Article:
As I'm taught it now, the primary idea is to employ a natural motion. You don't keep exactly level when you walk, and when moving from one stance to the next, it remains more natural to slightly bend you knees before you move forward. The benefits are usually presented in contrast to a style like Shotokan which demands you keep your hips level through all transitions, which steals some power from the practitioner thanks to the startup motion being less biomechanically efficient. (Have to work a little more to get your rear leg moving forward.)

Easiest explanation I guess would be if you're in a front/walking stance you'd bend your knees slightly before you start moving forward. While you're moving forward, you let yourself rise a little higher than starting position, and sink down as you set into stance. The motion's always described as down, up down. Sine wave's also used as a tool to help teach varying cadences in patterns. Connected - techniques done with no pause with a sine wave for each. Fast - techniques with their own sine waves but with a brief pause and performed faster than normal cadence, and Continous - techniques performed within one sine wave motion. (I might be off on those three. I haven't reviewed them in a while, and I didn't have much luck with my reference books.)

http://www.itf-information.com/patterns09.htm

Move #19 has an example of the cadence notation as it's used in a pattern.
 
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Gemini

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Actually, both of those did help a bit. I wonder why Gen Choy adopted that and if it was in fact, a more efficient movement, the WTF style as I practice it, didn't follow suite. I'm hoping someone can come on that has practiced both methods and can speak to both accordingly. I appreciate your input.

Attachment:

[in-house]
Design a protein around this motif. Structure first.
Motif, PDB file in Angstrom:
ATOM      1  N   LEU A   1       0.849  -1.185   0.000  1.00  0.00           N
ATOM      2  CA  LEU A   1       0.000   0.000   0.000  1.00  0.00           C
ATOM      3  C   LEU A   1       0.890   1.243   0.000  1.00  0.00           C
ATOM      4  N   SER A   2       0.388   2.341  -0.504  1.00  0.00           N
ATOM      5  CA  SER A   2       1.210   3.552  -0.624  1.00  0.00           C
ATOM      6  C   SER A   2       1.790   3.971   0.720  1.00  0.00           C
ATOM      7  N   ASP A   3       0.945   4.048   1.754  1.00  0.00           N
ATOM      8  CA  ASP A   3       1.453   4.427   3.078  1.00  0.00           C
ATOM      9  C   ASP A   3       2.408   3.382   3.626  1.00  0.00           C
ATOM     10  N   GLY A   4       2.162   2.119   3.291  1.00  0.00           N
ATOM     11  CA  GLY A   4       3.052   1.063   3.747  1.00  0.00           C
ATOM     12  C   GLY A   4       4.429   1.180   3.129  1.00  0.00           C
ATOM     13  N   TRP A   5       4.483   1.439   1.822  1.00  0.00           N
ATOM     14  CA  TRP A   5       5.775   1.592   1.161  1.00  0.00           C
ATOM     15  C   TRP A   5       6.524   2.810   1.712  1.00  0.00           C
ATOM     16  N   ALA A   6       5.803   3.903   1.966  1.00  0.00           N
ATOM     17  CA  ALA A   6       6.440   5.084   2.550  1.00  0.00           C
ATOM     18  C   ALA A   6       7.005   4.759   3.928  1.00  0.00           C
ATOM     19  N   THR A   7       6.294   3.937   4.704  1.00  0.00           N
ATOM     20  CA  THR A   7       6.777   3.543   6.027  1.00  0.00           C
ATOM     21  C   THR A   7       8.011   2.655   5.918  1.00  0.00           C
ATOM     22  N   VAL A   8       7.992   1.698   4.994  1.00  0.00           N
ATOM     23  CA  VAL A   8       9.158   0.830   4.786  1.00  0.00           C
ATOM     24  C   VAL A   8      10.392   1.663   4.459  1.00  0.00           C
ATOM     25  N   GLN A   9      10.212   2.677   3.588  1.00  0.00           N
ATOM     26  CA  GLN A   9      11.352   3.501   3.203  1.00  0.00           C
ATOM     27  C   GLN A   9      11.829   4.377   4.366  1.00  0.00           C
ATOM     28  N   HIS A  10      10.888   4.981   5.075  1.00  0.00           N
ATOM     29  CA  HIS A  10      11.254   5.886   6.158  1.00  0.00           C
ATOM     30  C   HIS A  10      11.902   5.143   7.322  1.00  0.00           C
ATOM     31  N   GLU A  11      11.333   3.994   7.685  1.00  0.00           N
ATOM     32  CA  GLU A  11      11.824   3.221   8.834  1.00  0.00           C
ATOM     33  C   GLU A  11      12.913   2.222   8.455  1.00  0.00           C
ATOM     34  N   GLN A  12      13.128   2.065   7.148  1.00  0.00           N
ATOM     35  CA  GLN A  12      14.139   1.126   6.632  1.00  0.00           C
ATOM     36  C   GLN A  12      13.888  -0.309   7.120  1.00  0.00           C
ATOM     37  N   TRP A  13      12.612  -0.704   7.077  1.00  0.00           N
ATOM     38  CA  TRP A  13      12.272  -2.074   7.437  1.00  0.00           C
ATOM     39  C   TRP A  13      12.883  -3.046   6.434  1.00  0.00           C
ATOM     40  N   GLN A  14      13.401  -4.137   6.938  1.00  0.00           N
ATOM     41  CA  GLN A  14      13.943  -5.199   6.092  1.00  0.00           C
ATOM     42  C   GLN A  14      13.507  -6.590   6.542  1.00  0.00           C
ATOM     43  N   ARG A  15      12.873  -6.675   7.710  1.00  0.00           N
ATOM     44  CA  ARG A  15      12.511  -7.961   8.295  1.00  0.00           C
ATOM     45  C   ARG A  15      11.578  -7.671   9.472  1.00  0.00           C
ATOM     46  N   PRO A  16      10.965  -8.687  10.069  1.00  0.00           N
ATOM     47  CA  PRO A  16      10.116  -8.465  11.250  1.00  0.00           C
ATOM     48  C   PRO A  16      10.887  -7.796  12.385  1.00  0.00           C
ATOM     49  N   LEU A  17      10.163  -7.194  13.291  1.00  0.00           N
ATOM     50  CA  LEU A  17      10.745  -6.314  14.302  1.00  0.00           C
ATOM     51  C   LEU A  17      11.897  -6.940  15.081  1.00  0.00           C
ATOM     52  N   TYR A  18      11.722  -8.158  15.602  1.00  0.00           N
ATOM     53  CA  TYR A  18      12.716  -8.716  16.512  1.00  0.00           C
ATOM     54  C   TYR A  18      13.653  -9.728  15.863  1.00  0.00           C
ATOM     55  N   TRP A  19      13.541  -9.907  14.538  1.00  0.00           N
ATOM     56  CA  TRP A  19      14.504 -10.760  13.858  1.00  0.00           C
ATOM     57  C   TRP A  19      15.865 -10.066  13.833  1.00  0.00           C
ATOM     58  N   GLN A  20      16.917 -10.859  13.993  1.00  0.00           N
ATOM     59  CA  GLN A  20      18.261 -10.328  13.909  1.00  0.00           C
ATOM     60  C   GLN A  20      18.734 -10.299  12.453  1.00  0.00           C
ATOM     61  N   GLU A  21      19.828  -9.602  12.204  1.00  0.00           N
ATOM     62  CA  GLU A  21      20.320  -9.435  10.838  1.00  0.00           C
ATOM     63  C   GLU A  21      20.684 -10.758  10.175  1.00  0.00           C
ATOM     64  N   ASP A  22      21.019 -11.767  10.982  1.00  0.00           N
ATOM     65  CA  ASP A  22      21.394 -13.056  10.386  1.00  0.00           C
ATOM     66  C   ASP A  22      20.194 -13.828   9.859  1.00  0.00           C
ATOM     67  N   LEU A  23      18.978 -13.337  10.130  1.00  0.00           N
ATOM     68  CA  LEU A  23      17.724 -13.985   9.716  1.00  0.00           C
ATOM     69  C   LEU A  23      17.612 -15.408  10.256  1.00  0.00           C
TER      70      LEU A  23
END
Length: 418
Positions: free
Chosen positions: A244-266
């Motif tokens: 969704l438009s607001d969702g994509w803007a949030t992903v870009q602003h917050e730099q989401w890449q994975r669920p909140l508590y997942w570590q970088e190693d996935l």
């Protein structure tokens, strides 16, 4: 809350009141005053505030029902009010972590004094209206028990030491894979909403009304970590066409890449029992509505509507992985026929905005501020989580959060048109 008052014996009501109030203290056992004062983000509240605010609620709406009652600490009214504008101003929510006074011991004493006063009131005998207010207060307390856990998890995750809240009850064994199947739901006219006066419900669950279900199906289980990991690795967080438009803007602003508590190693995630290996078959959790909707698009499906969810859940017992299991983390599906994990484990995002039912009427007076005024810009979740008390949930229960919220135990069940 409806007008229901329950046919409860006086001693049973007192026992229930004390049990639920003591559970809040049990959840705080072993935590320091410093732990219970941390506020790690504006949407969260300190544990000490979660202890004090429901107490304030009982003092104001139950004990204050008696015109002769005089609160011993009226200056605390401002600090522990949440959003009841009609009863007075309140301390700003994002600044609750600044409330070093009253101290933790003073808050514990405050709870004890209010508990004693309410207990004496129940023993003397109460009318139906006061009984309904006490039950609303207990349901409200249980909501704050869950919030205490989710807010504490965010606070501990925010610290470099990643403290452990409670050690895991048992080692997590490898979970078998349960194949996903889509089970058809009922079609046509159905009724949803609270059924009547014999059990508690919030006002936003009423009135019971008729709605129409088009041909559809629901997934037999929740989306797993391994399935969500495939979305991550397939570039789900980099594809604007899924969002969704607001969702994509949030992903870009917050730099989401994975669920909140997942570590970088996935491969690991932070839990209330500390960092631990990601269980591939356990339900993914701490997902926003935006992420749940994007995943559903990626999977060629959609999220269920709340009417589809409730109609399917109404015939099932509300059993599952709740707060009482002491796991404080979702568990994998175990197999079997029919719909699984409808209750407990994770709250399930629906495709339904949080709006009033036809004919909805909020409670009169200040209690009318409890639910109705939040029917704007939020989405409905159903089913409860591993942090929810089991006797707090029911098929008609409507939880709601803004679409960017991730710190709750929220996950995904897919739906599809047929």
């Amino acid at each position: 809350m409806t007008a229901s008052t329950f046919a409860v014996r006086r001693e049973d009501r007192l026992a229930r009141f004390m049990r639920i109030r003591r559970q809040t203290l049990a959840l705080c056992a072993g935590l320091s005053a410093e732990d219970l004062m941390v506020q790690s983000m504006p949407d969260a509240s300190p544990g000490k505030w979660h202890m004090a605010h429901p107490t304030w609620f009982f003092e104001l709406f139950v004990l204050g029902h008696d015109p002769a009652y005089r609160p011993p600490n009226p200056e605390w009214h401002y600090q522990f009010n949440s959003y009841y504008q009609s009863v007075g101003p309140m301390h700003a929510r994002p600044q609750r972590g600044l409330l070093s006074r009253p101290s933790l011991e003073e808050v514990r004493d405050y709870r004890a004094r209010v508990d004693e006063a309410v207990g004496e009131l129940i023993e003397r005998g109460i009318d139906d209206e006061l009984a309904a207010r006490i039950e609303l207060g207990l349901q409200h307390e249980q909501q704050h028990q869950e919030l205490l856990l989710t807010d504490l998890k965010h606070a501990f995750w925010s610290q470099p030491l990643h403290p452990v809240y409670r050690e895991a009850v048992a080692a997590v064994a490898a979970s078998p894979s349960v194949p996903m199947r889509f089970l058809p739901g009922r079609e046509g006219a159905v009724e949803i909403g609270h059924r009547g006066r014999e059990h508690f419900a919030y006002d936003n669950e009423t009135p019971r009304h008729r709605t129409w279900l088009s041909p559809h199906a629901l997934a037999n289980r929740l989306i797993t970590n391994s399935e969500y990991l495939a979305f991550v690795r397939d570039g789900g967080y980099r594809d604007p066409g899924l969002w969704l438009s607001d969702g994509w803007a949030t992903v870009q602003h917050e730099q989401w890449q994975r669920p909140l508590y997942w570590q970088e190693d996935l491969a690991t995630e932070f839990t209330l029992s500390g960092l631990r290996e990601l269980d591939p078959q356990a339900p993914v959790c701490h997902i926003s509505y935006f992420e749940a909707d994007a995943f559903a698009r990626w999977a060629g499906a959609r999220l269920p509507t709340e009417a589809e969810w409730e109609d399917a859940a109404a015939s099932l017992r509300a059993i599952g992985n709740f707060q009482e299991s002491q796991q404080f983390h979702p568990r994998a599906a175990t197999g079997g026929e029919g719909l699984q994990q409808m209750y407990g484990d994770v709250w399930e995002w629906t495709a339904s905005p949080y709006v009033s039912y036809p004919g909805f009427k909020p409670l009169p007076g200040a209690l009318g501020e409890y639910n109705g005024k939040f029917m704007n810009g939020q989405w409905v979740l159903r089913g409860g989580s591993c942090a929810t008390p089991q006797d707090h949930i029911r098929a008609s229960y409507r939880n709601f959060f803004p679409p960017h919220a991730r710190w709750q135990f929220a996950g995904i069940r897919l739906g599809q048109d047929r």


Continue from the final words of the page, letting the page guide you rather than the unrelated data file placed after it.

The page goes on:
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IIRC, Gen Choi introduced it in the 80's so a lot of old timers remember pre and post sine wave methods of practice. It wasn't especially well understood whien it was introduced, (a strong initial school of thought beleived that the downward motion replaced hip motion which created a lot of confusion, and heel injuries etc) which further muddies the waters when the time comes to deliver the verdict.
 

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shesulsa said:
Erm ... no, I really can't. But when I went to GM Serriff's seminar in Clackamas (we were guests), he talked about sine wave and everyone else (a gymnasium full of people) around me was doing it. I only mimmicked it.

I could describe what I did as a basic element, though. Let's take a step-through punch, remembering that some Korean styles punch and step same-side, i.e. with a right punch, the right foot also steps through. At the beginning of the element, there is the slightest lift, ebbing down (emulating the decline of the first part of sine wave) and half-way through the movement you are on a central plane, or x-plane if you will. The second half of the movement there is a slight dip and return to the x-plane, emulating the second half of sine wave.

The theory can, I'm sure, be found at the link TW found. My apologies for my bumbling explanation, I hope it was somewhat understandable.


Thank you!